Poster Presenters - Community Based Organization Category

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Q1 Please provide your contact information below.


Title and Organization


Address 2



ZIP/Postal Code

Email Address

Phone Number

David Dring

Executive Director, Selfhelp Innovations

Selfhelp Community Services, Inc.

520 Eighth Avenue

New York




Q2 Please describe your company or organizations overall goals and mission.

Founded in 1936 by refugees from Western Europe, Selfhelp Community Services, Inc. (Selfhelp) is now one of New York City's largest and most respected providers of services to older adults, with more than 20,000 clients served annually through 27 locations in four boroughs and Long Island.

Selfhelp blends social services, health care, and innovative technologies to provide a comprehensive network of community–based support for older adults. Programs include home care, in–home therapeutic care, skilled nursing, case management, comprehensive services for Holocaust survivors, affordable housing with services, chronic disease self–management and many other specialized programs that address economic stability, food, health supports, and community/social context. The organization´s overall goal is to provide older adults, and other vulnerable New Yorkers, with the necessary supports to remain in the community as they age.

Selfhelp´s mission: Selfhelp is a not–for–profit organization dedicated to maintaining the independence and dignity of seniors and at–risk populations through a spectrum of housing, home health care, and social services and will lead in applying new methods and technologies to address changing needs of its community. Selfhelp will continue to serve as the ‘last surviving relative´ to its historic constituency, victims of Nazi persecution.

Q3 Please indicate which category your organization falls under.

Technology Solutions,
Community Based Organization

Q4 Innovation Executive Summary. Please describe the innovation, and how it addresses the social determinants of health. Please identify how the innovation addresses the 6 innovation criteria (i.e. ROI, scalability, feasibility, evidence–based support for innovation, relevance to the Medicaid population and speed to market).

With early support from Microsoft Corporation, Selfhelp has been developing and implementing the Virtual Senior Center (VSC) – a unique, transformational program that engages homebound seniors into the larger community by using technology to connect them with other participants in a range of activities. A cornerstone activity of the program is its interactive, real–time classes where participants can hear, see and talk with each other in an interactive session. Between 35 and 40 classes are offered each week, each attended by 25 to 50 seniors. This groundbreaking program effectively reduces social isolation by creating social networks for otherwise shut–in seniors, connecting them to each other and to the outside world.

The Selfhelp Virtual Senior Center addresses several social determinants of health. We provide language and literacy assistance to non– English–speaking seniors through English language classes conducted online. We foster a strong sense of social cohesion among seniors who have been socially isolated. Selfhelp is a major provider of affordable housing for seniors in New York City and Nassau County, and we continue to build more developments. About 20% of the current VSC participants are residents in one of our buildings. The VSC connects them to social workers who help them apply for affordable housing and other public and private benefits for which they may qualify. In this way, the VSC also helps people become less financially insecure.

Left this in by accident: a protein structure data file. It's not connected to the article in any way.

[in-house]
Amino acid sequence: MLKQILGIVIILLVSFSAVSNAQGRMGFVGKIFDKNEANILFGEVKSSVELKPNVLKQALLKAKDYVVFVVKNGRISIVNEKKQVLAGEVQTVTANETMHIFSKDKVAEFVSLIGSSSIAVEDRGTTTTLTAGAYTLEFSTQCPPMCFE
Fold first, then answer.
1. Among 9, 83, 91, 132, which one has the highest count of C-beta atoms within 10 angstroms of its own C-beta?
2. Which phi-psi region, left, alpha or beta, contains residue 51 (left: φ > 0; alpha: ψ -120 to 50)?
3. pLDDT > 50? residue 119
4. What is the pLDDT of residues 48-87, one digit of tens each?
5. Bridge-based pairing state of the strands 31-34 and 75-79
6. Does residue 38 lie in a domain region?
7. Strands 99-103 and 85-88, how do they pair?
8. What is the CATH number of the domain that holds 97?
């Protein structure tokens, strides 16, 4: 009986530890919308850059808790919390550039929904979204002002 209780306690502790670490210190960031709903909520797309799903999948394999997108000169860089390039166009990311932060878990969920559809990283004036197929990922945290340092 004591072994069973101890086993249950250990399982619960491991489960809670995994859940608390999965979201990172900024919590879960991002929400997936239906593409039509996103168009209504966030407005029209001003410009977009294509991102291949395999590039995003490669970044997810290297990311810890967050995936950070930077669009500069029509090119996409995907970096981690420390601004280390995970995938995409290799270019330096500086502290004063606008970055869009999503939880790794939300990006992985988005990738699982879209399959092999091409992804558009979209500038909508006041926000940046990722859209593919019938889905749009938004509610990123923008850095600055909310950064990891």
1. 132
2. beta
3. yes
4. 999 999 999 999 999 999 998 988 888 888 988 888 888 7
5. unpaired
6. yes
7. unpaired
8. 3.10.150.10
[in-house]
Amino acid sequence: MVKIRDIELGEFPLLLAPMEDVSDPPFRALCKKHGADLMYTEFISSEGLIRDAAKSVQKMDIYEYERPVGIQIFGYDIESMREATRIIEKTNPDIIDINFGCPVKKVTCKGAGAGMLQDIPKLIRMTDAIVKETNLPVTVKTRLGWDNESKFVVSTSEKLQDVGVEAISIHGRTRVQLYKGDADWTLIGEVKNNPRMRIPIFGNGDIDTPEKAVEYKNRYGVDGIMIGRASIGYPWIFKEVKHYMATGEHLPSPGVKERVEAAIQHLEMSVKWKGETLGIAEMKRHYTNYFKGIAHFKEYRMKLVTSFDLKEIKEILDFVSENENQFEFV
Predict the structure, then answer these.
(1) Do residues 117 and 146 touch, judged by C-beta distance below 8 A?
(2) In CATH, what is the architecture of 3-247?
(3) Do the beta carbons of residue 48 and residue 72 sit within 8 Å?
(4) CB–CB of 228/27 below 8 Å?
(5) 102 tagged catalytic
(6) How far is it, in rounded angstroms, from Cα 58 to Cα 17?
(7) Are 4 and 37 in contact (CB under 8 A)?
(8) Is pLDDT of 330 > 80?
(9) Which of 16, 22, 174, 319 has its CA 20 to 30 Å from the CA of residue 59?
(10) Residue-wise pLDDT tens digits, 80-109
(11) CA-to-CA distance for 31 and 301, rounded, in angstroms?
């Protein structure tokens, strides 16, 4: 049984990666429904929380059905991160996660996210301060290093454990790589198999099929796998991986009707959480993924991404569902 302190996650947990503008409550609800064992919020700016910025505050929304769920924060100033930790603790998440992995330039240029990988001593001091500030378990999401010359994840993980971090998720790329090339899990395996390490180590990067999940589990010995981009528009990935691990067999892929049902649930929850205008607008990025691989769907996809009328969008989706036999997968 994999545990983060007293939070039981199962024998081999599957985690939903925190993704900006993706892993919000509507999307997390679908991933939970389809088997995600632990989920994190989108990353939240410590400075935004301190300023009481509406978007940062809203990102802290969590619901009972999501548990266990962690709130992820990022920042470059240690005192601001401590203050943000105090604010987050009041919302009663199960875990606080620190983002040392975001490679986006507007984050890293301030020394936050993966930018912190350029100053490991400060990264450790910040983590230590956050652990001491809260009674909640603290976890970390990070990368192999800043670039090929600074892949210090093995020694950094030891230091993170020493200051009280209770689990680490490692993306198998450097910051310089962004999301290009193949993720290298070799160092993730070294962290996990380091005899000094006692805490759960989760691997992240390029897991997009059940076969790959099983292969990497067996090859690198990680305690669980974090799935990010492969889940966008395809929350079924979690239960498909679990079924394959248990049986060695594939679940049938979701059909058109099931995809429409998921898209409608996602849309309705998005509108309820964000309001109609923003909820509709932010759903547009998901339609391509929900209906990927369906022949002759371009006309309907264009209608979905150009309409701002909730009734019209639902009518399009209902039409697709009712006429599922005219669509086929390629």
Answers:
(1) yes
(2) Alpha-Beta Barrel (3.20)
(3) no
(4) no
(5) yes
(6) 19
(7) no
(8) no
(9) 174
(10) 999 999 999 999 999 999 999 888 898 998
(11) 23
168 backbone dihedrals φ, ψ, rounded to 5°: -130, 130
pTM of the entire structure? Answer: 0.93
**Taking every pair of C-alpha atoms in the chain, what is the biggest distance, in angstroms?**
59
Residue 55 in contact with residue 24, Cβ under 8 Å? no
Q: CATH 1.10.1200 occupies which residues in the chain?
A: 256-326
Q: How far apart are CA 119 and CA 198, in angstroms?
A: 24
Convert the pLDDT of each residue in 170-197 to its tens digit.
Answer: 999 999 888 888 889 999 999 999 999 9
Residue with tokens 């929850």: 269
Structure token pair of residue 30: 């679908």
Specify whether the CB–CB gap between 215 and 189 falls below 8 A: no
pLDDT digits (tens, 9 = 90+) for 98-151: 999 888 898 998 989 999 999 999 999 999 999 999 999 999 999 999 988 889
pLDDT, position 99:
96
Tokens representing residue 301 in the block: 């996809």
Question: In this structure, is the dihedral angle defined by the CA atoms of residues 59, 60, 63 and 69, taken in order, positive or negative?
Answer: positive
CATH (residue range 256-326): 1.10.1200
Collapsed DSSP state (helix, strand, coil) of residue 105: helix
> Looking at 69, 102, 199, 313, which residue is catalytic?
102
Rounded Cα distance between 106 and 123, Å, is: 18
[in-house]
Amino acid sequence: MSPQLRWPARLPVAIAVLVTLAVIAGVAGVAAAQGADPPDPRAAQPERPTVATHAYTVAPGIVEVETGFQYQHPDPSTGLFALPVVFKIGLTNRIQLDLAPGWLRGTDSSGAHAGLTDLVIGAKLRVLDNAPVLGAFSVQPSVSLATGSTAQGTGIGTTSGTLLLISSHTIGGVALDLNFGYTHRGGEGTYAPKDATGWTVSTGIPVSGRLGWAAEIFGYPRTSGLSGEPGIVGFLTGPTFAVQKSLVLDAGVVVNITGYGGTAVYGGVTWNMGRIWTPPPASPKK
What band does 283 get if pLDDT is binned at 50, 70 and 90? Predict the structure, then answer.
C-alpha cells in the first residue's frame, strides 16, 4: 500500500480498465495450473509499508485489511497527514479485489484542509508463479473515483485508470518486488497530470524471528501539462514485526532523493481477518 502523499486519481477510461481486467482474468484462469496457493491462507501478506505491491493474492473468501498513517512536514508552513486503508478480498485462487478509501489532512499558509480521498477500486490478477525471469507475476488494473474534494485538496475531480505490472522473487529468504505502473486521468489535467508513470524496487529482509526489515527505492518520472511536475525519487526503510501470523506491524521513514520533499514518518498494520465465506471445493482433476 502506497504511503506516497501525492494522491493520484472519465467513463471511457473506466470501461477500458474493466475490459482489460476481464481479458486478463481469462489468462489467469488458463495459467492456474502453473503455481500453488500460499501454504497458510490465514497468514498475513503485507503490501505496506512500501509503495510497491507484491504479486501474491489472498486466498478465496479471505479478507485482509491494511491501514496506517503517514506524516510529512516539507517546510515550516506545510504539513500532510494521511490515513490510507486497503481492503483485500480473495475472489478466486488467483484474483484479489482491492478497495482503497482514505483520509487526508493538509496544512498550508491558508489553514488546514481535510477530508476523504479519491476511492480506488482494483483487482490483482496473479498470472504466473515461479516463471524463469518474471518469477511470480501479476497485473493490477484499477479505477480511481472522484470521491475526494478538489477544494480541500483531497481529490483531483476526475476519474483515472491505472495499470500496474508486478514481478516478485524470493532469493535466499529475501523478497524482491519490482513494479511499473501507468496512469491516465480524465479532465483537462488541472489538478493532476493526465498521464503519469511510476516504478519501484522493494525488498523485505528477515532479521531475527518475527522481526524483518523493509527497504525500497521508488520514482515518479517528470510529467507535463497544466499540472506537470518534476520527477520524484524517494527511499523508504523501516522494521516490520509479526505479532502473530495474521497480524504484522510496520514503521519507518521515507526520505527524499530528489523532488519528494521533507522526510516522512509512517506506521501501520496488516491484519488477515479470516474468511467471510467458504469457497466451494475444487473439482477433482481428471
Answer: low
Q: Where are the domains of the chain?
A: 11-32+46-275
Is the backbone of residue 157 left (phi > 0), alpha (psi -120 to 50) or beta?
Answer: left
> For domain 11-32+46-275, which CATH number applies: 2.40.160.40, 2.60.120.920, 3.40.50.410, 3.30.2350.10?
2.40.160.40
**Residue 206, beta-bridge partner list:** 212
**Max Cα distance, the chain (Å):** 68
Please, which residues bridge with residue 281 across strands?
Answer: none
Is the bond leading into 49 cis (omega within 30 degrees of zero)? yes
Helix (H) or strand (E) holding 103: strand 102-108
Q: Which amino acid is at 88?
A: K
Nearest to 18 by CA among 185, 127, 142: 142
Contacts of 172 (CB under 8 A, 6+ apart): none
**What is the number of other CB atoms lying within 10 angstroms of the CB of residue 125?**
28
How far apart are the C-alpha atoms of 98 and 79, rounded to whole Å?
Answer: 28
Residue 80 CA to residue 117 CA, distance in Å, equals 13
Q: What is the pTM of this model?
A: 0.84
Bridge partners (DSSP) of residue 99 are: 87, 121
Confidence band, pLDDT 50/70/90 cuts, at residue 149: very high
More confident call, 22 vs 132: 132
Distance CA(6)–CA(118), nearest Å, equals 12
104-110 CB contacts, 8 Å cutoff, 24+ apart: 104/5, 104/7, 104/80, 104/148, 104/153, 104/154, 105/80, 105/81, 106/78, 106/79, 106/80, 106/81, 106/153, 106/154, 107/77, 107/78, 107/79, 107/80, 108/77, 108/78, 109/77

We are proposing a VSC intervention called Being Well, a continuous series of weekly live interactive workshops for homebound seniors that Selfhelp piloted and evaluated in 2013 with Barrie Raik MD and Veerawat Phongtankuel MD of the Weill Cornell Medical College, and which has been offered ever since through the Selfhelp Virtual Senior Center. Being Well is a modified version of the Stanford University Chronic Disease Self–Management Program (CDSMP), a 6– weekly group workshop that was found effective, in a series of randomized controlled trials, in preventing disability, delaying the onset of disease, and in reducing health care utilization costs among older adults (Lorig et al., 1999; Lorig, Hurwicz, Sobel, Hobbs, & Ritter, 2005; Gordon & Galloway, 2008).

A comprehensive evaluation of a similar online version of the CDSMP, conducted four weeks post intervention by Namkee G. Choi et al at the University of Texas at Austen, found that there was a 50% reduction in the number of participating seniors who rated their health fair or poor. There was a 50% increase in the number of people who rated their health people who rated their health good or very good. The severity scores of fatigue and pain decreased by more than 30%; health distress score decreased by 60%; and the self–efficacy (confidence) score increased by more than 30%.